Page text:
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Boy n Burger founder Mel Zhou wants to bring better burgers to everyone

The newly opened fast-casual restaurant in Wan Chai is designed to offer quality, affordable hamburgers to all.

It began, fittingly, with a boy and a burger.

“When I was pregnant with my first son, I craved burgers and pickles — I never even liked pickles — and I would make my husband take me all across Hong Kong on a hunt for the best burger place,” says Mel Zhou.

“Not dropping any names, but I remember coming across this one shop, and there was a little boy. He looked at his dad and said he really wanted to eat there, and the dad was going to say ‘okay’ until he looked at the menu; he looked at the price and said, ‘No, this is for rich people’. That honestly shattered me. It broke my heart.” 

It was also the moment that inspired Zhou to open Boy n Burger, which opened this week in Wan Chai. With “ingredient and quality-driven” burgers — at prices starting as low as HK$28 — she hopes that no future boy (or girl) would ever have to see their burger dreams slip away again.

“Why should affordability and quality not coexist and be available for everyone?” says Zhou. “Why should we segregate it to that kind of price level where people can’t afford it? So that was the driver.”

Born in China but raised in Australia, all things crispy, greasy and savoury have always held a special place in Zhou’s heart.

“We have this culture of eating hot dogs, meat pies, fish and chips — and burgers, of course,” says Zhou. “After school, we’d grab hamburgers, drink our Coke, and go sit by the beach. And on weekends, we’d have barbecues, sausage sizzles, frying patties and making our own buns. It was beautiful.”

After taking her first cooking class in school, she learned the art of omelettes and pancakes, perfecting her craft on her parents back home.

“I remember coming home so excited,” she beams. “I cooked every day for them, and it made them happy, so there was the correlation: happiness, food. Food makes people happy.”

While working as a waitress at her uncle’s restaurant, Sea Breeze, in the Sydney neighbourhood of Roselle, Zhou learned another important lesson: Service.

“I remember just hanging out at the restaurant and watching the whole process of how the business is run, how the deliveries came, how to store frozen meat and whatnot, but service was so important that I realized the only way to make a restaurant work was good service,” she says. “It really stuck in my head all these years.”

So what’s a perfect burger to Mel Zhou? It’s all about balance.

“Nothing too oily, nothing too dry. Nothing too rich, not too salty,” she says. “The right balance has to be the right balance, and that’s why we spent hours and hours experimenting and trying to come up with this perfect burger for our tastebuds.”

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Boy n Burger

The result, at first glance, may look a bit familiar to hamburger lovers everywhere. Even the signature signature Bobby Burger (HK$55) features two all-beef patties, special sauce… you get the idea. But the increase in quality is noticeable from the first bite to the last, a credit to the fresh, locally sourced veggies and the 20-day salt moss-aged grass and wild cereal grain-fed beef, always made to order.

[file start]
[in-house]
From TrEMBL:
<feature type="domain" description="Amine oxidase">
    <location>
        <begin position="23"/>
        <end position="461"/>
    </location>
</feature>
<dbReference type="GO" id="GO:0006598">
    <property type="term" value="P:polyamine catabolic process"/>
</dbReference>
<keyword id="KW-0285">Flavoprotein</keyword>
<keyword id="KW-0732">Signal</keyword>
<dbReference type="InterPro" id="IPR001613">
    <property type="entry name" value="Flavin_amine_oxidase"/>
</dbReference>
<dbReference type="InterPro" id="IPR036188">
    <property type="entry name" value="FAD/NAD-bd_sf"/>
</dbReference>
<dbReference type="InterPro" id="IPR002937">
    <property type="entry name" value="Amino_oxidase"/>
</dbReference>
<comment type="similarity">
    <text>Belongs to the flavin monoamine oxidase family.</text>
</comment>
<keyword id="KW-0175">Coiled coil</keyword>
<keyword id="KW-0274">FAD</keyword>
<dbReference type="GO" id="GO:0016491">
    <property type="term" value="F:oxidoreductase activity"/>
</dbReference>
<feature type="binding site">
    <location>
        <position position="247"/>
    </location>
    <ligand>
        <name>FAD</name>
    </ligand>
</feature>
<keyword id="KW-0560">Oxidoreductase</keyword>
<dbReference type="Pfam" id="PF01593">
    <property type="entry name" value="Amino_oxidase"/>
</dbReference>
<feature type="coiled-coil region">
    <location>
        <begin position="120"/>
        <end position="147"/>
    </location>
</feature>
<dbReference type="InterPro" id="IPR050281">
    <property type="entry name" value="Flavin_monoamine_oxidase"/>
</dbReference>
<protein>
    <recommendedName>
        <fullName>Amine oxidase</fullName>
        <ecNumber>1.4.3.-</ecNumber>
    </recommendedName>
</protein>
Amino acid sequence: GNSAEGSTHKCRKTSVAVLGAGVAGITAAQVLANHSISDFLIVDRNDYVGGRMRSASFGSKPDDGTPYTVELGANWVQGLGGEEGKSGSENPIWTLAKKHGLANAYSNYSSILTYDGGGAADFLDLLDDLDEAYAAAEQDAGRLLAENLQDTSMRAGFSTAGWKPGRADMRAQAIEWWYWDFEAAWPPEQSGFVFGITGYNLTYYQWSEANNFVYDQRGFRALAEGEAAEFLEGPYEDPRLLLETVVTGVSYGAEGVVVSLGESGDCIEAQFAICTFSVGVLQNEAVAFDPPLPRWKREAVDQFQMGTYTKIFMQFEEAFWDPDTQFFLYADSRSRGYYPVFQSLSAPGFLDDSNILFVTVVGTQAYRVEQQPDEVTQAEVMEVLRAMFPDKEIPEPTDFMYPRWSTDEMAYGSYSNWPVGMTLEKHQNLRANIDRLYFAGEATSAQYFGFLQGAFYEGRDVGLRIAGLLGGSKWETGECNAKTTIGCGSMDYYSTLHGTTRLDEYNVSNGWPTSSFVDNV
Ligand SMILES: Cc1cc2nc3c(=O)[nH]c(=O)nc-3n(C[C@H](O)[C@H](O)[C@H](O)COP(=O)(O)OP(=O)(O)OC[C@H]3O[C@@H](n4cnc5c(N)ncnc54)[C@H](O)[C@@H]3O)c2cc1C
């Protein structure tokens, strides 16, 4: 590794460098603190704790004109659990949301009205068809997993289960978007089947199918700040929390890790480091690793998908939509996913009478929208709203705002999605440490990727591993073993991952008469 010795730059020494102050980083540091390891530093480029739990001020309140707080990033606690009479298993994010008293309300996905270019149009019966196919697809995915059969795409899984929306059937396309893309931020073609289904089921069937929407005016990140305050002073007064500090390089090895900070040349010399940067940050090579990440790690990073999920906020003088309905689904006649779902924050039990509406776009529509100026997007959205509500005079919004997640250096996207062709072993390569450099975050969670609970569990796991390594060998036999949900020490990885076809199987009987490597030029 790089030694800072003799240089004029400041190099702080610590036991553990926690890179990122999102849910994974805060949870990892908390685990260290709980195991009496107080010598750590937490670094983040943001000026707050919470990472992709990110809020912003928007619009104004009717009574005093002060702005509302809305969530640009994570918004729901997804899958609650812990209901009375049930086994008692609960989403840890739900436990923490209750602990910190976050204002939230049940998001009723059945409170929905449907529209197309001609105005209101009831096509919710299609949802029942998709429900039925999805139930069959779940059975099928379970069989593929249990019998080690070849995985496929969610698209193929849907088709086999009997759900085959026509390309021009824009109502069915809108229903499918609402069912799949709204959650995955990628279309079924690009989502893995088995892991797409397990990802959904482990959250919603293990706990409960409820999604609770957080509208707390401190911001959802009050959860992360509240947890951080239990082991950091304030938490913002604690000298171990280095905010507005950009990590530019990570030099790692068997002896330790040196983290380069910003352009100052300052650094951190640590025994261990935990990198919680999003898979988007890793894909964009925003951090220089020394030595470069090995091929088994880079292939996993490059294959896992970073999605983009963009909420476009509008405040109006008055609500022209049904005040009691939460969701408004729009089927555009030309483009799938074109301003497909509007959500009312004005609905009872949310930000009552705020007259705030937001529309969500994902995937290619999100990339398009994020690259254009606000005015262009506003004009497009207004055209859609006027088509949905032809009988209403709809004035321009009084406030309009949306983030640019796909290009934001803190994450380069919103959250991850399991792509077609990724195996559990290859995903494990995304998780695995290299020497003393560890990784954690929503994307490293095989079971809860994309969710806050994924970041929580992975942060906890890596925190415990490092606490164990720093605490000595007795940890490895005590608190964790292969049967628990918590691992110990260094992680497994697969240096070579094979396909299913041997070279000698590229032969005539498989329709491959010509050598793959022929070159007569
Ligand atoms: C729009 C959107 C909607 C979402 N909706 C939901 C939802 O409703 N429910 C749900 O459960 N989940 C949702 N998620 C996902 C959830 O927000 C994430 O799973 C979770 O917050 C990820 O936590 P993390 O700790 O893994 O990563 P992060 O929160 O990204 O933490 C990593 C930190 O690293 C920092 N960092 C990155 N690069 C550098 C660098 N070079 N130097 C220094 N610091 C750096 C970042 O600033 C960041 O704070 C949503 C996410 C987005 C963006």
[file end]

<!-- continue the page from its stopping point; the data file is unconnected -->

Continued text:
“We order no pre-made patties,” says Zhou. “We always make it on the spot, so you can really taste the difference and the quality.”

The menu serves a variety of items beyond the patty, as well. Chicken tenders, hot dogs, cheese toasties and more all make an appearance across the restaurant’s breakfast, lunch and dinner menus, with green apple coleslaw (HK$15) and a BBQ corn cup salad (HK$20) offering a refreshing balance to all that deep-fried goodness.

That sustainability element is a crucial part to the Boy n Burger mission; the store sources all of its vegetables and fruit through local suppliers, and is working to eliminate waste along its supply chain as well. Zhou even extends the sustainability concept to her own staff.

“We really want our staff to be happy and motivated; with a lot of restaurants, they work 12, 16, 17-hour days, and they get no benefits, no overtime. We’re doing no six-days a week, it’s five days a week, even for chefs. No split shifts, we’re doing paid overtime. We’re trying to build our own internal ecosystem, a business model for staffing, to be better to everyone,” says Zhou.

For non-Hong Kong Island residents fearing a trip all the way to Wan Chai to get their burger fix, fear not: Zhou plans to expand the brand, with more locations to come. After all, these burgers are for everyone.

“For us at Boy n Burger, community is at the heart of our brand. We genuinely want everyone to be able to try our burgers and afford them, and we want to cater for the masses. That’s our core mission: Quality. Service. Affordability. Burgers for everyone.”

Boy n Burger, G/F, Shop 3, 208 Johnston Road, Wan Chai, Hong Kong, +852 3686 0928

Boy n Burger founder Mel Zhou wants to bring better burgers to everyone

Nathan Erickson


Born in Seoul and based in Hong Kong, Nathan has been writing about culture, style and food for some of the world's biggest publications for over a decade. He likes Canon lenses and the films of Chow Yun Fat.

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